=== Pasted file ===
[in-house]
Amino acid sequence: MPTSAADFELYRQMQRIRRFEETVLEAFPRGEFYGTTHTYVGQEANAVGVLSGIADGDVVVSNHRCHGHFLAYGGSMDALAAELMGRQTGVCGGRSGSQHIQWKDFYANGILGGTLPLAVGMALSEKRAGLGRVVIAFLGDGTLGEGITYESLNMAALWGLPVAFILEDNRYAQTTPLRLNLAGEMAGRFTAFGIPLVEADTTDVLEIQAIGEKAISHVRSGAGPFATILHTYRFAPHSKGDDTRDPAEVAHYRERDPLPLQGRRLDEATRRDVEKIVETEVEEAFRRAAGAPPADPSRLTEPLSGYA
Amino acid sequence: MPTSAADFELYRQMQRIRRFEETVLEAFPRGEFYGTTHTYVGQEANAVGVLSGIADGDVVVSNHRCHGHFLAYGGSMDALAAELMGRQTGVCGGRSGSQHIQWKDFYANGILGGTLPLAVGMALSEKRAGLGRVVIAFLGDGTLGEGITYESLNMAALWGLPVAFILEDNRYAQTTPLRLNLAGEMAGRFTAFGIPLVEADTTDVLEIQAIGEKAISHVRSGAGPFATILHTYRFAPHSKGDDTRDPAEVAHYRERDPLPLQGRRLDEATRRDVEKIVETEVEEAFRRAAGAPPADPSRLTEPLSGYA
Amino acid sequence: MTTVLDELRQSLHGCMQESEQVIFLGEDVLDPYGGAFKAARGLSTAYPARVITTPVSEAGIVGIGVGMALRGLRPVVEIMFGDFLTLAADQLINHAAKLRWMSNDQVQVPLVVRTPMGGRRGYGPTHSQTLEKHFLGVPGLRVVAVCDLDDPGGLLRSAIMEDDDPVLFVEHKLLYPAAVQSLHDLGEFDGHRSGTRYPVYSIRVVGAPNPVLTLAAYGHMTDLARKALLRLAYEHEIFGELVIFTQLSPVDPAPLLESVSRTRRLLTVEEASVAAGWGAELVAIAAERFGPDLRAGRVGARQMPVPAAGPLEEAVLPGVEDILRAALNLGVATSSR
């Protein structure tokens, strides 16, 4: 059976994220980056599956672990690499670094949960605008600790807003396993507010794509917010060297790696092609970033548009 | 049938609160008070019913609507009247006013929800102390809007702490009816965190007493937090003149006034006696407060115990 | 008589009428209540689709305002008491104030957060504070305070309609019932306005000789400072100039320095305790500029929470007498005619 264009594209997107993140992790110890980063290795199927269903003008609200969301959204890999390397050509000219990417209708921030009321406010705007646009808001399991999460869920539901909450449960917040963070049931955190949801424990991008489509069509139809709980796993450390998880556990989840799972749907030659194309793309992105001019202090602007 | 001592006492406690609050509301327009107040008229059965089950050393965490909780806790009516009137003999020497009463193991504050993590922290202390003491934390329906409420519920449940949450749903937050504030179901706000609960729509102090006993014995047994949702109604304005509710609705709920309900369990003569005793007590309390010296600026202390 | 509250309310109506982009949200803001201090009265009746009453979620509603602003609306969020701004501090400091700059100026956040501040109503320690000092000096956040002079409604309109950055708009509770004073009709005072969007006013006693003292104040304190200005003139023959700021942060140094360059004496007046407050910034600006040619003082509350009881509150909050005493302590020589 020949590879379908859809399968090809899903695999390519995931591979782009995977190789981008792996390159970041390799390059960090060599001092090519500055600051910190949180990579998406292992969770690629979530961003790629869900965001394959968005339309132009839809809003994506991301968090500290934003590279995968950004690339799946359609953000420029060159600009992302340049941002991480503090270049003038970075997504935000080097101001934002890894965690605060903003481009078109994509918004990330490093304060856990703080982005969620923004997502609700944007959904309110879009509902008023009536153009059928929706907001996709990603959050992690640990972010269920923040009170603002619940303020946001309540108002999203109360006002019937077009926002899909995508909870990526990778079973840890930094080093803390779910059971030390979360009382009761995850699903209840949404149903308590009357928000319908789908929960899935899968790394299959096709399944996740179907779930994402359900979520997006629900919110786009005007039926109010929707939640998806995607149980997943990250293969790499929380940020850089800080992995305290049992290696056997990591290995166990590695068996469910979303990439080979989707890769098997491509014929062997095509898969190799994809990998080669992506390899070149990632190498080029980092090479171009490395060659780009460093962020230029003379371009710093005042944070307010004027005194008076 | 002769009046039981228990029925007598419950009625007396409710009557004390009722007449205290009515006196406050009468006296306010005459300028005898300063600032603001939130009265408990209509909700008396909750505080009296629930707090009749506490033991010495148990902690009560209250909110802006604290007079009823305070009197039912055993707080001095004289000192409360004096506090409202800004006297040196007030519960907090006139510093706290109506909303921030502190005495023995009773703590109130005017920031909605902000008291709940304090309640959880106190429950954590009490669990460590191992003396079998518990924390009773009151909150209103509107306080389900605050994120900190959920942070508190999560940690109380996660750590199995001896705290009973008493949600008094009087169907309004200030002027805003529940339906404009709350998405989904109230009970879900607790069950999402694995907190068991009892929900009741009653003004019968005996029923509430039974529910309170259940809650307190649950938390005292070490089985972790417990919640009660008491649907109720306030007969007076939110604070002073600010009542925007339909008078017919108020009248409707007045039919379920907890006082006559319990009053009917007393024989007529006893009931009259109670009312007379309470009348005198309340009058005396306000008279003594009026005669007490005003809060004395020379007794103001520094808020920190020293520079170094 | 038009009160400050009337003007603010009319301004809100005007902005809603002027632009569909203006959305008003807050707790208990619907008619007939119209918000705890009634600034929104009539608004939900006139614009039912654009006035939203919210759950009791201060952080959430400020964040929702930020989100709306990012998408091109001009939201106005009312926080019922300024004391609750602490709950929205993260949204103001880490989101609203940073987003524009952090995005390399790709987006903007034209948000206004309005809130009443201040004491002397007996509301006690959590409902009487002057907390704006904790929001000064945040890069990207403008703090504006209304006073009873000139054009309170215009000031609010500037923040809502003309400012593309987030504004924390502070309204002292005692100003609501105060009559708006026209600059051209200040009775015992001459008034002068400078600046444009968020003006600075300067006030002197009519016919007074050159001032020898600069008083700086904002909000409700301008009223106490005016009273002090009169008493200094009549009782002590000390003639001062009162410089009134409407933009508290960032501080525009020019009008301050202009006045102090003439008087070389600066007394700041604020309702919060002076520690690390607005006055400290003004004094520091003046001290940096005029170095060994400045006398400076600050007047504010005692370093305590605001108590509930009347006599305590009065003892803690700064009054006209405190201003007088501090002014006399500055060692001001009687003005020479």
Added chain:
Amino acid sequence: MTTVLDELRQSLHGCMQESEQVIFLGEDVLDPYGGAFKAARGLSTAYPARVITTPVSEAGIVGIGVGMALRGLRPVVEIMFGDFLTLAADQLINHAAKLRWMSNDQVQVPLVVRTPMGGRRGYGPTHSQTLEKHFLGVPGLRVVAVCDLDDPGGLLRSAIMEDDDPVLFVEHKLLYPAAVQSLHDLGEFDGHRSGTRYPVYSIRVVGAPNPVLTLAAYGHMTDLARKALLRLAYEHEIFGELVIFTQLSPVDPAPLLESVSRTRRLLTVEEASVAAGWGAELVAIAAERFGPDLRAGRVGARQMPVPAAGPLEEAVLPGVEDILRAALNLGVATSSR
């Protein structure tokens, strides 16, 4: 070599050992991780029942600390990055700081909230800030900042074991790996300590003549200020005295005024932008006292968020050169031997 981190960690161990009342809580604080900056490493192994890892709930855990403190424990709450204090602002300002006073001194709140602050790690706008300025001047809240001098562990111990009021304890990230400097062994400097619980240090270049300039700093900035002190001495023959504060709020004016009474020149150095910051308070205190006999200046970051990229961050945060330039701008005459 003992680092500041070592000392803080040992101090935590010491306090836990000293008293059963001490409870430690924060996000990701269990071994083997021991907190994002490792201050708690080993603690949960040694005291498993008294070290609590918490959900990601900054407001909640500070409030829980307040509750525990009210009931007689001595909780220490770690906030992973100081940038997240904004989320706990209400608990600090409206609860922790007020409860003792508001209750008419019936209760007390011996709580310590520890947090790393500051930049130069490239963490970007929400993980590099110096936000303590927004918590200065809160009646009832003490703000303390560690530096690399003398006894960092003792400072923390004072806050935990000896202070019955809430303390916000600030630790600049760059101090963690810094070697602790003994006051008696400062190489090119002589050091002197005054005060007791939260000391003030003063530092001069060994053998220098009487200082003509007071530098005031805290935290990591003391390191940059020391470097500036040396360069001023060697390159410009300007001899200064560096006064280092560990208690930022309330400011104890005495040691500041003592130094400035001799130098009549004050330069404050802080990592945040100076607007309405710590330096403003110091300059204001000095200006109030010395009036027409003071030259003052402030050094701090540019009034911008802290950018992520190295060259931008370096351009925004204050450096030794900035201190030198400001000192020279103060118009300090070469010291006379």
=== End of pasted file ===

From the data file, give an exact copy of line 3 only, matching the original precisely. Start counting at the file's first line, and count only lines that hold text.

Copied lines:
Amino acid sequence: MPTSAADFELYRQMQRIRRFEETVLEAFPRGEFYGTTHTYVGQEANAVGVLSGIADGDVVVSNHRCHGHFLAYGGSMDALAAELMGRQTGVCGGRSGSQHIQWKDFYANGILGGTLPLAVGMALSEKRAGLGRVVIAFLGDGTLGEGITYESLNMAALWGLPVAFILEDNRYAQTTPLRLNLAGEMAGRFTAFGIPLVEADTTDVLEIQAIGEKAISHVRSGAGPFATILHTYRFAPHSKGDDTRDPAEVAHYRERDPLPLQGRRLDEATRRDVEKIVETEVEEAFRRAAGAPPADPSRLTEPLSGYA